LINGUIST List 6.1621

Thu Nov 16 1995

Sum: Teaching material on statistical computational ling

Editor for this issue: Ann Dizdar <>


  1. Joakim Nivre, Sum: Teaching material on statistical computational linguistics

Message 1: Sum: Teaching material on statistical computational linguistics

Date: Thu, 16 Nov 1995 13:25:17 Sum: Teaching material on statistical computational linguistics
From: Joakim Nivre <>
Subject: Sum: Teaching material on statistical computational linguistics

Earlier this year I posted a query about teaching material for a
course on statistical NLP, based on Eugene Charniak's book
"Statistical Language Learning". Here is a selective summary of the
information I received, together with some personal reflections on the
material I ended up using in the course. Hopefully, this can be useful
for people who find themselves in the same situation.

First of all, I would like to thank the following people
who responded to the original query:

Francois Aumont
Kirk Belnap
Lars Martin Fosse
Wim de Groote
James Hearne
Marti Hearst
Chris Hogan
Reinhard Koehler
Becky Passonneau
Andrew Salway
Christer Samuelsson
Arian J.C. Verheij
Andy Way

As mentioned above, the main text book I used for the course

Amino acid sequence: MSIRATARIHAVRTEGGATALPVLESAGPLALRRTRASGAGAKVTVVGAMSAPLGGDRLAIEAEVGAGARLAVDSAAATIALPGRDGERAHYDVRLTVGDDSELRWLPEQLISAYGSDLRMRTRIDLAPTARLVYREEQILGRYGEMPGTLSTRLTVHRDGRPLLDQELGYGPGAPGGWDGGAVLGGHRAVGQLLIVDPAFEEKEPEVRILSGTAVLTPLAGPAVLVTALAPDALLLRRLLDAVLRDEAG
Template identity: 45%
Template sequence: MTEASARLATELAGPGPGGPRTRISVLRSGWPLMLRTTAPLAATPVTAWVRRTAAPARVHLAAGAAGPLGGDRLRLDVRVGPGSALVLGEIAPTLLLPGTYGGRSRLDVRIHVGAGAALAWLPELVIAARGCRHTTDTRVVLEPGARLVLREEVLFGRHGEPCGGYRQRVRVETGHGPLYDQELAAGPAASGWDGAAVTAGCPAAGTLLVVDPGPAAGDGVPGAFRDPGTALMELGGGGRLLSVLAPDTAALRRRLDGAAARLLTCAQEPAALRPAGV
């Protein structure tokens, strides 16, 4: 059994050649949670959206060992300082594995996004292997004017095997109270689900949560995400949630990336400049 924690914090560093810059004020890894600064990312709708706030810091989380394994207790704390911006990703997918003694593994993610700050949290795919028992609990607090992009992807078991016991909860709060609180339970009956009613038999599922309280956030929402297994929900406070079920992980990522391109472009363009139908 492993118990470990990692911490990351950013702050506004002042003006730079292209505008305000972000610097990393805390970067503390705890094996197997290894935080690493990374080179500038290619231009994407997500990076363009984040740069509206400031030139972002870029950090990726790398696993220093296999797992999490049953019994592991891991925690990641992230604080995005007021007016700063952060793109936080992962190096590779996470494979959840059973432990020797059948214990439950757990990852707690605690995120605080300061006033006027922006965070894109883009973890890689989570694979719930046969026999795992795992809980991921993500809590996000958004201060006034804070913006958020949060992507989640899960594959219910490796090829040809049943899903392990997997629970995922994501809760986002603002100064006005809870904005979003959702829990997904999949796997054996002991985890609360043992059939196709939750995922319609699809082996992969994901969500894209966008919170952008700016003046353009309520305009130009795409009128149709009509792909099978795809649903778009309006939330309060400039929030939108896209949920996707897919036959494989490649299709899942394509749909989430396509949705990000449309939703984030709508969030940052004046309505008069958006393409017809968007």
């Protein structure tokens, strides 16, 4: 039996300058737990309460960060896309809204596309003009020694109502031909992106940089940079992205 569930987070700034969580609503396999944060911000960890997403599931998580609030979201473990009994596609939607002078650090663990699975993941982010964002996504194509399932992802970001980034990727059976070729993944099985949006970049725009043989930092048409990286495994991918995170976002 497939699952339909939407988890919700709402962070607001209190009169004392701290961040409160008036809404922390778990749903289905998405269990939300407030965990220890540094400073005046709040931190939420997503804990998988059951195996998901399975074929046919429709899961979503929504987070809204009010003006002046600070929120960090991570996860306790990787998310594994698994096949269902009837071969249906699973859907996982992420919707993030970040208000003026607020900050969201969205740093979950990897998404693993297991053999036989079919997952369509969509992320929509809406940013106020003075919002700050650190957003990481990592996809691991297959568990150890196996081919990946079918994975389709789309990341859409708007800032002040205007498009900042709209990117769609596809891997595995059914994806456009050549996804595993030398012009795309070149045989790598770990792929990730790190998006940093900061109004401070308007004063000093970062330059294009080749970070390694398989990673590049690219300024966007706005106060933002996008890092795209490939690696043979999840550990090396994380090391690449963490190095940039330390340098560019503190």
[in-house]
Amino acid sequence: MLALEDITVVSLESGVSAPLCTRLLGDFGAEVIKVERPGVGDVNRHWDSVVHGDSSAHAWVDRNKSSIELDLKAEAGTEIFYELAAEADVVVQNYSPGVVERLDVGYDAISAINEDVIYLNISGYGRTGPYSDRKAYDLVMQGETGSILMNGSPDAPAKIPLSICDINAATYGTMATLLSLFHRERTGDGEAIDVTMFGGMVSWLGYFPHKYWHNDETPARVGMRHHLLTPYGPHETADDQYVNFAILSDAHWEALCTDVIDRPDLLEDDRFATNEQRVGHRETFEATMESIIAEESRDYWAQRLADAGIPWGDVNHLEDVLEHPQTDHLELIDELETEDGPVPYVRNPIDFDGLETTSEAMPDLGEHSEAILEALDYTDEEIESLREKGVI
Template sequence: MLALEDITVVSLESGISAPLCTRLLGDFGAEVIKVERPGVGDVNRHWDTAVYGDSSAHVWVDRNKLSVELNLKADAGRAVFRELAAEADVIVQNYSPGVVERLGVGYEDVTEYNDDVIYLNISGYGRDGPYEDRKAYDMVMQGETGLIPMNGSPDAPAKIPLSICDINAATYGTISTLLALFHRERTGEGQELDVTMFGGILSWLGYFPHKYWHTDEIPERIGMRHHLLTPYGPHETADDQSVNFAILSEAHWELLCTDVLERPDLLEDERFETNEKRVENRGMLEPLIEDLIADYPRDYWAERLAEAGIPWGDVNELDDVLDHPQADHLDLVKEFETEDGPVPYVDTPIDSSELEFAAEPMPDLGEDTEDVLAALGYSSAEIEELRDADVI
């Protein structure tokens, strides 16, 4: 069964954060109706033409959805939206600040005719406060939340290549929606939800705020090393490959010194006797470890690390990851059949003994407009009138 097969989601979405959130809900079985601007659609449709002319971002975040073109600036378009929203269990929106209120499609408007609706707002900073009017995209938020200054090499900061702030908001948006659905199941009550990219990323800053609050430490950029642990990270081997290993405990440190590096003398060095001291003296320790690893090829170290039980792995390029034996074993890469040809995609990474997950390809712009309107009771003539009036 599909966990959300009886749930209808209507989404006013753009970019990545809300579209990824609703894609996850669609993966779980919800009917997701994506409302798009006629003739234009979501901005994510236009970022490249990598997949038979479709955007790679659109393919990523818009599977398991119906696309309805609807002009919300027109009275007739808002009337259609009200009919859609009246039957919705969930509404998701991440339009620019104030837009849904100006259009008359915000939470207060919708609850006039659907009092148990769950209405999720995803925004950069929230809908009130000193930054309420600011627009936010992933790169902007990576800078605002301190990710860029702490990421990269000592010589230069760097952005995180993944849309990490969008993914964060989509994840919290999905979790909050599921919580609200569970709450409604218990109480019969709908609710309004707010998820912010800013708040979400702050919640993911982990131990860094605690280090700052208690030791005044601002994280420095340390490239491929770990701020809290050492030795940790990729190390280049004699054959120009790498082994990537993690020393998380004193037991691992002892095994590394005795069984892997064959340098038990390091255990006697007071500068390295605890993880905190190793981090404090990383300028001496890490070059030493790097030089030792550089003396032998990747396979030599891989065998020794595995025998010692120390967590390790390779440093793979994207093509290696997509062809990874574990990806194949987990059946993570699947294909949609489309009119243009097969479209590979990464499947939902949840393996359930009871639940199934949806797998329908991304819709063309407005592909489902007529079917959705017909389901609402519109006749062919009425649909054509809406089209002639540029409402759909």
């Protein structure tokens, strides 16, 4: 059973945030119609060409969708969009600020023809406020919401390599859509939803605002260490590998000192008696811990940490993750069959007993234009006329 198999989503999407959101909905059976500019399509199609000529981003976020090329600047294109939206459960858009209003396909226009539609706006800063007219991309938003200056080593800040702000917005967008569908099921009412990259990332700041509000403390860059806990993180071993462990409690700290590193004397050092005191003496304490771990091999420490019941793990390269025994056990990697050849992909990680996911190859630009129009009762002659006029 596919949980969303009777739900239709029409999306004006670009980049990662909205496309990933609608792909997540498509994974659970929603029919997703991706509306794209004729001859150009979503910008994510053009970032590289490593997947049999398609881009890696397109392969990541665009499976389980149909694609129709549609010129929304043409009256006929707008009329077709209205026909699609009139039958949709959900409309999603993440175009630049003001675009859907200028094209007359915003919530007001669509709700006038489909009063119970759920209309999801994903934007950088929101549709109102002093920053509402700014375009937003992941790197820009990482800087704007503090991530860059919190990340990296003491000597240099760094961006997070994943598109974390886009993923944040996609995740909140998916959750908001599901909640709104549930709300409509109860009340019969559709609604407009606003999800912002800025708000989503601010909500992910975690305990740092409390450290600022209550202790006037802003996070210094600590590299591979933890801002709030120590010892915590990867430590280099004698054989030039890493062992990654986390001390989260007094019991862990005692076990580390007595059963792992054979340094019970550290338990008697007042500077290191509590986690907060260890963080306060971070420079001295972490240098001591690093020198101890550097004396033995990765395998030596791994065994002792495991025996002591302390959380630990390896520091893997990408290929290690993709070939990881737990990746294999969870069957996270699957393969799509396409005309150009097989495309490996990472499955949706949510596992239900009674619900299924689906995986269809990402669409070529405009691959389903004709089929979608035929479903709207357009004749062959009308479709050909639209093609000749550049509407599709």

(and the only one currently available) was

Charniak, E. (1993) Statistical Language Learning. MIT Press.

Several people directed me to David M. Magerman's review of Charniak's
book (published in Computational Linguistics 21, 103-111). Although
the review is rather negative and I tend to agree with many of the
reviewer's points, I think Charniak's book is useful for an
introductory course on statistical NLP, provided it is supplemented
with background reading in probability theory, statistics and
information theory.

I got many recommendations for textbooks in probability theory,
statistics and information theory. Here is a selection of references
that may be useful:

Probability and Statistics:

DeGroot, M. H. (1986) Probability and Statistics. Second
Edition. Addison-Wesley.
Lindgren, B. W. (1993) Statistical Theory. Fourth Edition.
Chapman and Hall.
Ross, S. (1994) A First Course in Probability. Fourth Edition.

Information Theory:

Ash, R. (1965) Information Theory. New York: John Wiley.
Cover, T. M. & Thomas, J. A. (1991) Elements of Information
Theory. John Wiley and Sons.

One problem that I struggled with initially was what to give to the
students as background reading, since each of the books listed above
contains much too much material for an introductory course. This
problem was solved beautifully by Brigitte Krenn and Christer
Samuelsson, who let me use their compendium "The Linguist's Guide to
Statistics", written for a course on statistical NLP in
Saarbruecken. Besides a short but thorough introduction to probability
theory, statistics, information theory and Markov models, the
compendium also contains a very useful bibliography of statistical NLP
work. I can strongly recommend this text. People who would like to use
it may contact Christer Samuelsson (christerCoLi.Uni-SB.DE) or
Brigitte Kren (krennCoLi.Uni-SB.DE).

For the different applications of statistical NLP (tagging, parsing,
disambiguation, etc.), I used Charniak's book together with original